MW: I think a performance evolves mostly by listening to what everyone is saying and observing the minutiae of what everyone is doing. The comedic things we practiced don't always keep working if the dynamic becomes predictable, so I change them just to keep them fresh. I try to come at the show from a slightly new angle every time. I can do this because the drive and commitment of my cast mates are there in spades. They value the solidity of the show.

CS: When I hear about drive and commitment, I always think of the understudy who commits to a part they may not perform. Tell us about yours.

MW: I have had two great understudies who have learned the entire role: Patrick Graver and Ian Saunders. There have been only two occasions when I had to call for one: A day in New Brunswick I remember pretty vividly when I was not vocally where I had to be. Also, in January when my grandmother passed away.

CS: Being apart from family--particularly at a time like that--can be difficult. Is this your first tour?

MW: Yes. This is my very first time on tour.

CS: Are you enjoying it?

MW: Very much! I have appreciated and loved exploring every single city we've been in, because most of them are places I would never have thought to go.

CS: What has the experience taught you so far?

MW: I've picked up a lot more practical world knowledge just by being on the road and having to do the work. In addition to the tour being a good trial by fire experience as a performer, it has been a good trial by fire experience for me as a person.

CS: Can you give me an example of this?

MW: (Laughs) Yes. Here's a simple example: I learned that I should have accounted for all types of weather. Since it's spring in Texas and Saint Louis, I packed light by way of winter clothing and neglected to bring a heavier jacket. I also learned throughout the first couple of legs of the trip that you can pack lighter clothing-wise than you think--except for the jacket.

CS: Apart from packing the right clothes, how do you keep yourself together on the road?

MW: The crux of it is making sure I've had adequate amount of rest as well as adequate time spent all by myself. I try, depending on the locale, to work out every day, and also to do some touristy things and explore every city.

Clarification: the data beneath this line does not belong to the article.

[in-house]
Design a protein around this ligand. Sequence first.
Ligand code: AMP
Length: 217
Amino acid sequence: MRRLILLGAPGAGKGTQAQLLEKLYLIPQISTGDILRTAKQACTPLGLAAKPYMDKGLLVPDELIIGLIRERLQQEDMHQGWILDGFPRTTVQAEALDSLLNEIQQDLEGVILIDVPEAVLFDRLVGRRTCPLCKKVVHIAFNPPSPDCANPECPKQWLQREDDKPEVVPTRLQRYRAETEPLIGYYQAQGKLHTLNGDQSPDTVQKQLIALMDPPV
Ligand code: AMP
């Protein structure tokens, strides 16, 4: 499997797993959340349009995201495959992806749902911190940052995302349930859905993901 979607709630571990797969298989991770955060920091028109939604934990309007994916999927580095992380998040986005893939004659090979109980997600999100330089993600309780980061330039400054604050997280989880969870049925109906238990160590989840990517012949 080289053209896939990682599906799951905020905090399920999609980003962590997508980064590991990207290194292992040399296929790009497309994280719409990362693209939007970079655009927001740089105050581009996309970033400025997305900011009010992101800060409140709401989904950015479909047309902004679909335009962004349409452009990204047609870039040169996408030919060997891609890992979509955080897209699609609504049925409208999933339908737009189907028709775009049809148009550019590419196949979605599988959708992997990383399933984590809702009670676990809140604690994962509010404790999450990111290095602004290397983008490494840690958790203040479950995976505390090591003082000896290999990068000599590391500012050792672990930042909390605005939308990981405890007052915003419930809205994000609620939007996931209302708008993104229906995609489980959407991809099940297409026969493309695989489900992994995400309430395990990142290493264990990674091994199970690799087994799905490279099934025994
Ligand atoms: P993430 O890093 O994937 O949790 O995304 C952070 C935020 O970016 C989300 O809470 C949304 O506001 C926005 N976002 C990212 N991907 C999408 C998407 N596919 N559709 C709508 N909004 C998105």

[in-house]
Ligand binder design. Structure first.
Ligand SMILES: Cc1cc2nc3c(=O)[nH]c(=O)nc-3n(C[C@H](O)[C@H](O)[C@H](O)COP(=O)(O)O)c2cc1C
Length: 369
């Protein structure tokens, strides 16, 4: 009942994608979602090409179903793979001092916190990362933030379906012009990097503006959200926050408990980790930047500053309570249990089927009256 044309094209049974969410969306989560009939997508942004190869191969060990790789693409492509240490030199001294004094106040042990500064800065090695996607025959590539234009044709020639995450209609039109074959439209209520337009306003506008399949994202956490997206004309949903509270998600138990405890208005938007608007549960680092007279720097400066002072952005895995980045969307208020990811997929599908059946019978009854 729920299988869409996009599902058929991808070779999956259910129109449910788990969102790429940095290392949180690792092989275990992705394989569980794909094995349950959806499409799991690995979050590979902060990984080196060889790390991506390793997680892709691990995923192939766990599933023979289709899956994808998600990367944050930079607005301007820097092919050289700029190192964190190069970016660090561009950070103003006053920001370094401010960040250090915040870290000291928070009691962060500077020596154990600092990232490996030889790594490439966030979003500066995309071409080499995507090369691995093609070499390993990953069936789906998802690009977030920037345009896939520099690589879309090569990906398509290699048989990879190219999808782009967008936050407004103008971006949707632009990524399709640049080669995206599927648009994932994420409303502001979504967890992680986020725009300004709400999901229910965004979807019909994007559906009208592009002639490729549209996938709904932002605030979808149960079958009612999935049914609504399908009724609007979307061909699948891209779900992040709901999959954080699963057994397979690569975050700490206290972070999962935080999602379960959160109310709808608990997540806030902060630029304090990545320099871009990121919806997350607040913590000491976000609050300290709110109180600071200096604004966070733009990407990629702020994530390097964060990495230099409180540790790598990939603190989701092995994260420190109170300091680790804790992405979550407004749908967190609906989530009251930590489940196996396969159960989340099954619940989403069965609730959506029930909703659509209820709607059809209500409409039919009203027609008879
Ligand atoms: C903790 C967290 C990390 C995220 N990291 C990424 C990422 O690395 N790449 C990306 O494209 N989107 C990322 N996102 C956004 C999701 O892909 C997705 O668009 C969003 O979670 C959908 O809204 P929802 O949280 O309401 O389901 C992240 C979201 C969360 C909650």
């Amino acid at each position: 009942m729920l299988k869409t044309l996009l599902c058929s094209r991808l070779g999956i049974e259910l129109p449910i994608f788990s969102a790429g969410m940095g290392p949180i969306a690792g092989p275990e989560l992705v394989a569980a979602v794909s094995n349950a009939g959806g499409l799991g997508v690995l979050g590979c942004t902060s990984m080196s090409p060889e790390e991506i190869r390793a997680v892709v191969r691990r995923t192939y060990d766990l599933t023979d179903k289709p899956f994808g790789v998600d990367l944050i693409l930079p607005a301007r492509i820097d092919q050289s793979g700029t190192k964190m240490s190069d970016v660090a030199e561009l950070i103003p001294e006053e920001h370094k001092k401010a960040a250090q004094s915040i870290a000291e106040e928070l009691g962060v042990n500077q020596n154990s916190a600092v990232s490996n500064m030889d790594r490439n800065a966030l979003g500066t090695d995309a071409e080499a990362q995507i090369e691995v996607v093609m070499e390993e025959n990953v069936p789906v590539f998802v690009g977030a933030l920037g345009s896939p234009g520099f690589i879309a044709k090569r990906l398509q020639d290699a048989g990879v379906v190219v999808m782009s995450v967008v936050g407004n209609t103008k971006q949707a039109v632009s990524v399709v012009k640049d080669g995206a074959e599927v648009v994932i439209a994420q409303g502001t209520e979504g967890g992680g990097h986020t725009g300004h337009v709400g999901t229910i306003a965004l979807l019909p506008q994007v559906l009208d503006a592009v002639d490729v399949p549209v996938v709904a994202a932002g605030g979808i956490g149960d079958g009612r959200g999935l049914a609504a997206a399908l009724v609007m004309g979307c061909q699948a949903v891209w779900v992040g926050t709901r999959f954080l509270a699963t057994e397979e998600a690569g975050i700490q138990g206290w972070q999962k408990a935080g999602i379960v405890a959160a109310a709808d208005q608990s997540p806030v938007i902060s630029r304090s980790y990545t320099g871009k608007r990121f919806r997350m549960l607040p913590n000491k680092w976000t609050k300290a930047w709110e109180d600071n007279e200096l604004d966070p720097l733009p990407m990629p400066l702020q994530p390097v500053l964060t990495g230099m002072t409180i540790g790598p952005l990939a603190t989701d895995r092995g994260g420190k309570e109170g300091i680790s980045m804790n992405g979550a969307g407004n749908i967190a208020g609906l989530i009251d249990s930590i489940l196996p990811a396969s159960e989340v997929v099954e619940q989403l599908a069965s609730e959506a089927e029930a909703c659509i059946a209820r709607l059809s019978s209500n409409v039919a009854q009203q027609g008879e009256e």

C.S.: Do you read on the road?

MW: Always. At the moment, I'm reading "Out Stealing Horses" a novel by Per Petterson.

CS: Before that?

MW: Steve Martin's biography, "Born Standing Up."

CS: If we can assume that Steve Martin was "Born Standing Up," can we assume that you were born performing?

MW: (Laughs) That wouldn't be too much of a departure. If I hadn't been an actor, I would have been concert singer. I like to write music in my spare time as well.

CS: Where did you develop your love of music?

MW: I grew up in the church back home in Houston. I think my parents' love of worship and gospel music is what really got me into music as well.

CS: What about dance?

MW: I didn't start studying dance formally until my senior year of high school.

CS: I understand this show has a lot of dancing.

MW: It's a very heavy dance show, but my role isn't a heavy dance role. A lot of my rehearsal time was spent with them telling me to rein myself in.

CS: Do you remember the first time you were ever on stage?

MW: The first performance I specifically remember--though there may have been others--was when I was the narrator of my Thanksgiving play in first grade. I thought I had an intuition for how the lines should be said. In first grade that just meant loud, so I was very loud. I'm sure some of the parents have it on video somewhere.

CS: Speaking of parents, were your parents in support of your career choice?

MW: I'm the oldest of three children. My parents were concerned about my choice simply because it's financially risky. My dad's an Engineer. My parents stressed the importance of education, so academia was always very important to me. Once my career choice was clear, though, my parents wanted to make sure I was properly prepared every step of the way.

CS: How do your parents feel about your career now?

MW: (Laughs) I think my parents were more excited about me getting the tour than I was.

CS: Any words of wisdom for other young or aspiring actors?

MW: As actors our self worth is always in question because the work is us. You can't really hold it against an actor for being insecure at any time. Whether they work or don't work often depends on whether or not somebody likes them. Every day I have to remind myself that the work I'm doing is good, that I have a place within this cast, and that I don't have to justify my work or my approach to it. I have to approach the work with a grounded sense of self worth. Otherwise I'm not going to enjoy it. Nothing else really matters. You have to believe in what you're doing and be happy about what it. Otherwise you shouldn't be doing it.

Photo credits:

Michael's headshot by Lance Tilford

Production photos by Matthew Murphy